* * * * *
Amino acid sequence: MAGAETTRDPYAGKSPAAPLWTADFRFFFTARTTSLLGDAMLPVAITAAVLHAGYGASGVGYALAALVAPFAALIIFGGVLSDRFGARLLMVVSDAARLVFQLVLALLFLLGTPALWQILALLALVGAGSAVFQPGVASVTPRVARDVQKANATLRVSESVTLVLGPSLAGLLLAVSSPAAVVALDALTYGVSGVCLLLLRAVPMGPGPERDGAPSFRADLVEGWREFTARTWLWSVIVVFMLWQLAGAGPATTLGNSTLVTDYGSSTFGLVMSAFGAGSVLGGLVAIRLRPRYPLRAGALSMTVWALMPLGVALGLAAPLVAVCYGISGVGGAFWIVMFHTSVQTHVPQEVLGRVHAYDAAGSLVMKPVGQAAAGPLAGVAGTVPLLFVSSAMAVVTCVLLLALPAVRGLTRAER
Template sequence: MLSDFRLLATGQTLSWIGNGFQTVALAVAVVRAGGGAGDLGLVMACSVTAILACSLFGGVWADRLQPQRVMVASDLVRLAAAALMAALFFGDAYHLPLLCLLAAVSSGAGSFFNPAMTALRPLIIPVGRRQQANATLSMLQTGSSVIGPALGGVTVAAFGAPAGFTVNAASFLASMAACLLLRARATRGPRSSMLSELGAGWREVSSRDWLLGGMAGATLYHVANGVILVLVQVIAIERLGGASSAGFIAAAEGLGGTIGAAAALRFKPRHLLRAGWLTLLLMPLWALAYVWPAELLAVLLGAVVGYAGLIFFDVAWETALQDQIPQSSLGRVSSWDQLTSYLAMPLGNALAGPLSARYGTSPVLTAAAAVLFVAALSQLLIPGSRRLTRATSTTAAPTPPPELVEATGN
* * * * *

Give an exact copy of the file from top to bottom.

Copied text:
Amino acid sequence: MAGAETTRDPYAGKSPAAPLWTADFRFFFTARTTSLLGDAMLPVAITAAVLHAGYGASGVGYALAALVAPFAALIIFGGVLSDRFGARLLMVVSDAARLVFQLVLALLFLLGTPALWQILALLALVGAGSAVFQPGVASVTPRVARDVQKANATLRVSESVTLVLGPSLAGLLLAVSSPAAVVALDALTYGVSGVCLLLLRAVPMGPGPERDGAPSFRADLVEGWREFTARTWLWSVIVVFMLWQLAGAGPATTLGNSTLVTDYGSSTFGLVMSAFGAGSVLGGLVAIRLRPRYPLRAGALSMTVWALMPLGVALGLAAPLVAVCYGISGVGGAFWIVMFHTSVQTHVPQEVLGRVHAYDAAGSLVMKPVGQAAAGPLAGVAGTVPLLFVSSAMAVVTCVLLLALPAVRGLTRAER
Template sequence: MLSDFRLLATGQTLSWIGNGFQTVALAVAVVRAGGGAGDLGLVMACSVTAILACSLFGGVWADRLQPQRVMVASDLVRLAAAALMAALFFGDAYHLPLLCLLAAVSSGAGSFFNPAMTALRPLIIPVGRRQQANATLSMLQTGSSVIGPALGGVTVAAFGAPAGFTVNAASFLASMAACLLLRARATRGPRSSMLSELGAGWREVSSRDWLLGGMAGATLYHVANGVILVLVQVIAIERLGGASSAGFIAAAEGLGGTIGAAAALRFKPRHLLRAGWLTLLLMPLWALAYVWPAELLAVLLGAVVGYAGLIFFDVAWETALQDQIPQSSLGRVSSWDQLTSYLAMPLGNALAGPLSARYGTSPVLTAAAAVLFVAALSQLLIPGSRRLTRATSTTAAPTPPPELVEATGN